was a babaylan
or native priest from Bohol
who led the Tamblot Uprising
in 1621 to 1622 during the Spanish era. He opposed the new religion spread by the Spaniards and fought against the subsequent conversion of the Boholanos to the Catholic faith. He challenged the Spanish priest, and when he won, he earned the trust of the people. He exhorted them to return to the faith of their forefathers and free themselves from Spanish oppression, leading 2,000 followers in what was dubbed as the "Tamblot Uprising
" or "Tamblot Revolt".
Tamblot features in the Bohol provincial flag as one of the the two bolos or native swords with handle and hand-guards on top. These two bolos, which are reclining respectively towards the left and right, depict the Dagohoy and Tamblot revolts, symbolizing that a true Boholano will rise and fight if supervening factors embroil them into something beyond reason or tolerance.
Little is known about Tamblot except that he was a babaylan
of Barrio Tupas, in Antequera
town who led a number of his pagan followers to wage a religious war against the Spaniards for fear that their Bathala will be replaced by the God of the Catholic Religion. Further, he was a tumanan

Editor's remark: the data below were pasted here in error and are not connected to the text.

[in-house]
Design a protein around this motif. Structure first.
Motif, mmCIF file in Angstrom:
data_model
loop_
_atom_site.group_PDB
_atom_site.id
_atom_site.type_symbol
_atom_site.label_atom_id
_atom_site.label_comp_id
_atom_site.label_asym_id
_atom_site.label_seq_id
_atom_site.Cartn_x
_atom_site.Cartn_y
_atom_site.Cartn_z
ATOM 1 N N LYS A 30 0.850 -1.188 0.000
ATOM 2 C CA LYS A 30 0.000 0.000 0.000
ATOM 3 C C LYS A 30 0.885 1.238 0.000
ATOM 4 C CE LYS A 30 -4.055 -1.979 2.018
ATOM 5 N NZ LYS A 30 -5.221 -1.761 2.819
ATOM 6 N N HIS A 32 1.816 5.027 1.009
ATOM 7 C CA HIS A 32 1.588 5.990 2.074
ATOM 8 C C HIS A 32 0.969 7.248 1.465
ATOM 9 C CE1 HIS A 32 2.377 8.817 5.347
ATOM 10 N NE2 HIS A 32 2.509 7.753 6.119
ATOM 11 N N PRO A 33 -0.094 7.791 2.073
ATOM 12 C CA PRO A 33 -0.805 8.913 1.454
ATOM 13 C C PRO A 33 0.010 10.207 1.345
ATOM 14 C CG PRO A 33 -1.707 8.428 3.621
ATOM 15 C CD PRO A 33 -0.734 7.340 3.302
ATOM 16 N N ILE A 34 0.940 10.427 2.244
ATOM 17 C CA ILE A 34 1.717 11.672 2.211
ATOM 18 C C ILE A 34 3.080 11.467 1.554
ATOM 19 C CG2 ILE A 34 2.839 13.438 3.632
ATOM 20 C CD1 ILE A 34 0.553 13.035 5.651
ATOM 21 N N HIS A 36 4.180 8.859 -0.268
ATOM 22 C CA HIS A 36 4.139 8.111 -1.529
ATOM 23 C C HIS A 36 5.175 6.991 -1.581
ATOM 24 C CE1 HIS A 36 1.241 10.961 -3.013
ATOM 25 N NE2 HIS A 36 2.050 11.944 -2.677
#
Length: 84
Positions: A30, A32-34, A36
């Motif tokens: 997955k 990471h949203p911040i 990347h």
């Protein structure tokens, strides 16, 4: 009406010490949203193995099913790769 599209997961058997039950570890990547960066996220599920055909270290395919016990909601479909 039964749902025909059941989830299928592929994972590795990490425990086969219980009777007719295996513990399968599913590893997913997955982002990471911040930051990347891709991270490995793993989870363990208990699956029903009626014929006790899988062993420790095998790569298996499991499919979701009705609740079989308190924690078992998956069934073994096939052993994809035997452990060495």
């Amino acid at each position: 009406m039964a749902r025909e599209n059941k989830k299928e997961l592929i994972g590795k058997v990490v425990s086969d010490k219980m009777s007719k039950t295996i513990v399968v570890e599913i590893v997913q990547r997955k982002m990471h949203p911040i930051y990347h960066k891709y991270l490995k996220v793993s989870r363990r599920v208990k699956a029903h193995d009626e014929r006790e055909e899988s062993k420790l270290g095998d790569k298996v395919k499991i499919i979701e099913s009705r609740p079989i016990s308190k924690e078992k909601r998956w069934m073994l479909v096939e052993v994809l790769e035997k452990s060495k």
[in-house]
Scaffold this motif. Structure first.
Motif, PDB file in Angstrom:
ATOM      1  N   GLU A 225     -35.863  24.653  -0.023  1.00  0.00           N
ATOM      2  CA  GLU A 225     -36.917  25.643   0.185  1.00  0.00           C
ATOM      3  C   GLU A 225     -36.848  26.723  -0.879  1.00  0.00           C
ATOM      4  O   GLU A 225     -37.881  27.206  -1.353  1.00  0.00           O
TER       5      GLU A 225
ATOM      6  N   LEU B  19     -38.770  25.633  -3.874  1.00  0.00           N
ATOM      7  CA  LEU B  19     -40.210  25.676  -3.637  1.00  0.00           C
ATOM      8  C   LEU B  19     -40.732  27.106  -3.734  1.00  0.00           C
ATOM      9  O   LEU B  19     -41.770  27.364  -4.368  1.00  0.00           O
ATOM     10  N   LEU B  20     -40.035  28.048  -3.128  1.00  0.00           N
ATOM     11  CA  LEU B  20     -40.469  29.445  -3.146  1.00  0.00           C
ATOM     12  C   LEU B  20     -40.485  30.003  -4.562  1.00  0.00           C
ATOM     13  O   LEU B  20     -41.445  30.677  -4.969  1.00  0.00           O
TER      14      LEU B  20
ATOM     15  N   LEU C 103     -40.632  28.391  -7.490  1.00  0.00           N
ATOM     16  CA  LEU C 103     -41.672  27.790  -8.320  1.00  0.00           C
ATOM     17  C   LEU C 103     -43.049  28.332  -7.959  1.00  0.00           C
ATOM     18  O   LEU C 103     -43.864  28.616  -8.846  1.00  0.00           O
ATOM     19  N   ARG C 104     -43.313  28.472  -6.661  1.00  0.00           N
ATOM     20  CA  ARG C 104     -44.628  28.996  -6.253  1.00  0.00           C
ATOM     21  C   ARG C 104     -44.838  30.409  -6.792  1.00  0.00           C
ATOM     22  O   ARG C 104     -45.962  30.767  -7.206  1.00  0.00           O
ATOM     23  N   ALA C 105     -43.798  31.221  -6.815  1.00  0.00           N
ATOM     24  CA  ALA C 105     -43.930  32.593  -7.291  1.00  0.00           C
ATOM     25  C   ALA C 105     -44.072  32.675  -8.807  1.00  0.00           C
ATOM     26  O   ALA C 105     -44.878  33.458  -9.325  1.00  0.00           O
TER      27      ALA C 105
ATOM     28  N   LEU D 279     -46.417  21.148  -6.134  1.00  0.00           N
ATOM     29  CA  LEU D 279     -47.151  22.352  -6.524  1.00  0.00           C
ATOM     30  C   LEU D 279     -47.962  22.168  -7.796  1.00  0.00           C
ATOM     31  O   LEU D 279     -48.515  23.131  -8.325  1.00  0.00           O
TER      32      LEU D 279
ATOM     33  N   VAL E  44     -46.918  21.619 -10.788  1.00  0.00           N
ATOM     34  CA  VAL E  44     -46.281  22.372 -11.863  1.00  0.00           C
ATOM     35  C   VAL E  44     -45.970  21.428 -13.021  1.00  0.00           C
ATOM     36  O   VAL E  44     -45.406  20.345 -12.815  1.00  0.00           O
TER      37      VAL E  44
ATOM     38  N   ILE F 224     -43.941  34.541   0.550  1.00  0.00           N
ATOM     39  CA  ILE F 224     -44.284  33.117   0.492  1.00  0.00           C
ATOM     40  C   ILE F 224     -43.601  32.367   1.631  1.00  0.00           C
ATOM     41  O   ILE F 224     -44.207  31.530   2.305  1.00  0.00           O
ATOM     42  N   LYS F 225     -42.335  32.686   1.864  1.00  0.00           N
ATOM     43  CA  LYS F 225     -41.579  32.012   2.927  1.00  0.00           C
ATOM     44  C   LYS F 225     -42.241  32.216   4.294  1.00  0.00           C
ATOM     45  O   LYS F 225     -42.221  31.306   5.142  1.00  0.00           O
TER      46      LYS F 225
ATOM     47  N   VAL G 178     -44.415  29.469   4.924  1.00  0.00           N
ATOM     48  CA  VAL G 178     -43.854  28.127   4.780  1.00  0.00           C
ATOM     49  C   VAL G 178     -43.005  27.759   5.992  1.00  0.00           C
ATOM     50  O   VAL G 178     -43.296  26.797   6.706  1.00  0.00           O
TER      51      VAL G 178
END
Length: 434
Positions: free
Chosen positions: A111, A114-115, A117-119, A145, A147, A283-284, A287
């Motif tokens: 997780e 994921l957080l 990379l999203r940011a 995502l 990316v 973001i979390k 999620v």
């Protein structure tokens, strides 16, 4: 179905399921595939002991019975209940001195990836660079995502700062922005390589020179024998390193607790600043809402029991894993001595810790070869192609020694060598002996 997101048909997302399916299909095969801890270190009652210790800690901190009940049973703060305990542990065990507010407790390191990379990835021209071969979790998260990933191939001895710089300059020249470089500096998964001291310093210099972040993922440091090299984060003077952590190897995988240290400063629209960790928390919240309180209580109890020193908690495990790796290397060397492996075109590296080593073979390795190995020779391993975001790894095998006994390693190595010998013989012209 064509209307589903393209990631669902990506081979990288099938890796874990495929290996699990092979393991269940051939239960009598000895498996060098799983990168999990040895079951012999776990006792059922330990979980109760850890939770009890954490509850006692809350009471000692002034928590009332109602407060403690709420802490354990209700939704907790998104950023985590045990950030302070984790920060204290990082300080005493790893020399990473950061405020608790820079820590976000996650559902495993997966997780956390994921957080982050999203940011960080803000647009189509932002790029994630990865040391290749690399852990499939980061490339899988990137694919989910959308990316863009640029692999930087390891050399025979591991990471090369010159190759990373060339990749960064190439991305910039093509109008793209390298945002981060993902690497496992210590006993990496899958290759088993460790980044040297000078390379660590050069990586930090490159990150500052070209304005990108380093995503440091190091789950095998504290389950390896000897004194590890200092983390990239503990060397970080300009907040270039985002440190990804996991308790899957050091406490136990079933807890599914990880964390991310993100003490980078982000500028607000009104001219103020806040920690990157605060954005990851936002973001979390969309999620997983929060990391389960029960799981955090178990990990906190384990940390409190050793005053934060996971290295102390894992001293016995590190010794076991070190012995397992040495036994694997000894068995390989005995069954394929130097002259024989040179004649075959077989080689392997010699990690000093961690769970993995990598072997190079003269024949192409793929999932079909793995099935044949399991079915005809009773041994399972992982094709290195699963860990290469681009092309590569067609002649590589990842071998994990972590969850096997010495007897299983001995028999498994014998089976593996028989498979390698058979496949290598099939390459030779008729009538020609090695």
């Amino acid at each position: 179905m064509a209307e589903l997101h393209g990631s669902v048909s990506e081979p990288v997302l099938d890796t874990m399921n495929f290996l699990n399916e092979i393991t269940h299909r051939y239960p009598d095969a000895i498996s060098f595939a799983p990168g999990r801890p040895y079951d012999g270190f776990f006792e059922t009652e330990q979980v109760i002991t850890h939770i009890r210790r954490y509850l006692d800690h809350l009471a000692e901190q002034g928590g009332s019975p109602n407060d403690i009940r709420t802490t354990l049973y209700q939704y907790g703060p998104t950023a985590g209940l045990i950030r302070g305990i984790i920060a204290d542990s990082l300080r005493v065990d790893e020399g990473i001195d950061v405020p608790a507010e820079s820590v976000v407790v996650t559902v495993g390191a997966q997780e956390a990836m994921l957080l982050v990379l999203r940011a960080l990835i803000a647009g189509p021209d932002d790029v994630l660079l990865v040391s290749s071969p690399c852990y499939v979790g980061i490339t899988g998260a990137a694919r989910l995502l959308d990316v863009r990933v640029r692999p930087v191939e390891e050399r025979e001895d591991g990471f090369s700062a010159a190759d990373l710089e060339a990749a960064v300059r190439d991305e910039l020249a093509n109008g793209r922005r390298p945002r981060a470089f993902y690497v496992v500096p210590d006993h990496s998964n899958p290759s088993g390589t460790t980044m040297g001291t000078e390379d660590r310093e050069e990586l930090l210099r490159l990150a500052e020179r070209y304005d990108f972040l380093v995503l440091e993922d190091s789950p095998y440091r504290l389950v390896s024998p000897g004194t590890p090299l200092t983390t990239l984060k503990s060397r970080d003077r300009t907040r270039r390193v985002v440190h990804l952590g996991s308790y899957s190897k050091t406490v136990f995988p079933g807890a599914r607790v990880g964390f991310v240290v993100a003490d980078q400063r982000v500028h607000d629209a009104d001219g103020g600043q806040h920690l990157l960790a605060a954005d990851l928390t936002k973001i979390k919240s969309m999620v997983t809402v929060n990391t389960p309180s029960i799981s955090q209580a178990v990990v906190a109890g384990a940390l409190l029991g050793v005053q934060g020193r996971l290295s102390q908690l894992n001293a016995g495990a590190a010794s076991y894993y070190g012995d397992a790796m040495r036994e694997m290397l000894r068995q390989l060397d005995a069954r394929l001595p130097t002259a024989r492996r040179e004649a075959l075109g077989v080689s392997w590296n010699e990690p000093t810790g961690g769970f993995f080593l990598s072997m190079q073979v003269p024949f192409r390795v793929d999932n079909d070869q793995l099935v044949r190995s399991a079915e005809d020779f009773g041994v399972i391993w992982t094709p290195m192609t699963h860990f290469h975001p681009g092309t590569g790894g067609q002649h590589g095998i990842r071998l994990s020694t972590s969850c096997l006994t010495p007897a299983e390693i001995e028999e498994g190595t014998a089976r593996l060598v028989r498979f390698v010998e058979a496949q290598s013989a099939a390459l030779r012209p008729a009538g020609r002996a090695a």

or a hermit, a biki
or high priest of the local organized religion in Bohol
dedicated to the god Ay Sono. The other priests or biriki were Kator Kukon of Tagobas of Antequera; Hibor Tasing of Ilihanan, Cortes; Bula-od of Batuan, Bohol; Tam-isan of Loon, Bohol; Tagbakan of Tubigon, Bohol; and Pagali of Carigara, Leyte.
Tamblot was a sab-o
or seer who could know the future. He received a bugna
or revelation from his god. The Boholanos, even before the coming of the Spaniards, already believed in the first man, the flood, paradise, and the punishment after death. (Blair & Robertson, Vol. 29, p. 283). These are beliefs similar to Christianity
. They had a tabernacle-like worship place at Malabago, Cortes.
When the Boholanos began to convert to Christianity, Tamblot issued a challenge to the Spanish priest as to whose God was more powerful. The challenge was to produce rice and wine from a bamboo stalk. The Spanish priest prayed to his God, of course in Latin, and then cut the bamboo stalk from a groove, but no rice and wine came out. Tamblot then prayed to Ay Sono and then cut the bamboo stalk from a groove and out came rice and wine. (“Medina’s Historia 1630-34,” Blair & Robertson, Vol. 24, p. 116). Tamblot won the challenge and the people sided with Tamblot. Only the towns of Baclayon and Loboc remained loyal to the Spaniards. The Spaniards said it was trickery and the work of the demon. Yet the same account in “Medina’s Historia” said that when Alcalde Mayor Juan Alcarazo was hit by a stone, got wounded and fell to the ground, he arose cured by calling on the Holy Child. It was called a miracle! But when Tamblot produced wine and rice from the bamboo stalk, prayed for rain and the rains came and the leaves turned into fishes, it was called trickery or the work of the demon. This is really biased reporting. The Spaniards did not deny the events but only attributed it to different sources, demon for Tamblot and Holy Child for the Spaniard.